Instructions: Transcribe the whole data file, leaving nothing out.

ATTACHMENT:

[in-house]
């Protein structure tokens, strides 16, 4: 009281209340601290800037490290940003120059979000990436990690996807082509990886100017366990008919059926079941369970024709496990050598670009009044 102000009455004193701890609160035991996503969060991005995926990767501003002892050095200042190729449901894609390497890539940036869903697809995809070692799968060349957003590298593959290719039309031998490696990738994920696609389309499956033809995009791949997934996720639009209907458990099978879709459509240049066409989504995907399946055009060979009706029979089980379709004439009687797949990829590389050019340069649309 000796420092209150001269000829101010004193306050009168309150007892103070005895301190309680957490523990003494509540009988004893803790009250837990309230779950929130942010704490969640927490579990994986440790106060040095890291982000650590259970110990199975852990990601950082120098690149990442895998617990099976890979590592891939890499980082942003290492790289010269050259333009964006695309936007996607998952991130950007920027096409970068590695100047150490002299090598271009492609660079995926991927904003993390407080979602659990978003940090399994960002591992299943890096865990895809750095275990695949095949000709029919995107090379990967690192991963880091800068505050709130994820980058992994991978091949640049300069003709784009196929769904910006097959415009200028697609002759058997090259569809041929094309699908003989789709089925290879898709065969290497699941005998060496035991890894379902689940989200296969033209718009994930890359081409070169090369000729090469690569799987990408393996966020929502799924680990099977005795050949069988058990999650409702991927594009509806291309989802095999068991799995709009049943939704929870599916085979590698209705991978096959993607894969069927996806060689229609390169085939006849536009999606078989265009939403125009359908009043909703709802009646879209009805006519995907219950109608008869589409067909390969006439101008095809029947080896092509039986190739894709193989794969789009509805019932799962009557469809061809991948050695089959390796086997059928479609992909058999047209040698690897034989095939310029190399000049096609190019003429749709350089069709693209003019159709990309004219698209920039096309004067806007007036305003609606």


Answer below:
[in-house]
């Protein structure tokens, strides 16, 4: 009281209340601290800037490290940003120059979000990436990690996807082509990886100017366990008919059926079941369970024709496990050598670009009044 102000009455004193701890609160035991996503969060991005995926990767501003002892050095200042190729449901894609390497890539940036869903697809995809070692799968060349957003590298593959290719039309031998490696990738994920696609389309499956033809995009791949997934996720639009209907458990099978879709459509240049066409989504995907399946055009060979009706029979089980379709004439009687797949990829590389050019340069649309 000796420092209150001269000829101010004193306050009168309150007892103070005895301190309680957490523990003494509540009988004893803790009250837990309230779950929130942010704490969640927490579990994986440790106060040095890291982000650590259970110990199975852990990601950082120098690149990442895998617990099976890979590592891939890499980082942003290492790289010269050259333009964006695309936007996607998952991130950007920027096409970068590695100047150490002299090598271009492609660079995926991927904003993390407080979602659990978003940090399994960002591992299943890096865990895809750095275990695949095949000709029919995107090379990967690192991963880091800068505050709130994820980058992994991978091949640049300069003709784009196929769904910006097959415009200028697609002759058997090259569809041929094309699908003989789709089925290879898709065969290497699941005998060496035991890894379902689940989200296969033209718009994930890359081409070169090369000729090469690569799987990408393996966020929502799924680990099977005795050949069988058990999650409702991927594009509806291309989802095999068991799995709009049943939704929870599916085979590698209705991978096959993607894969069927996806060689229609390169085939006849536009999606078989265009939403125009359908009043909703709802009646879209009805006519995907219950109608008869589409067909390969006439101008095809029947080896092509039986190739894709193989794969789009509805019932799962009557469809061809991948050695089959390796086997059928479609992909058999047209040698690897034989095939310029190399000049096609190019003429749709350089069709693209003019159709990309004219698209920039096309004067806007007036305003609606």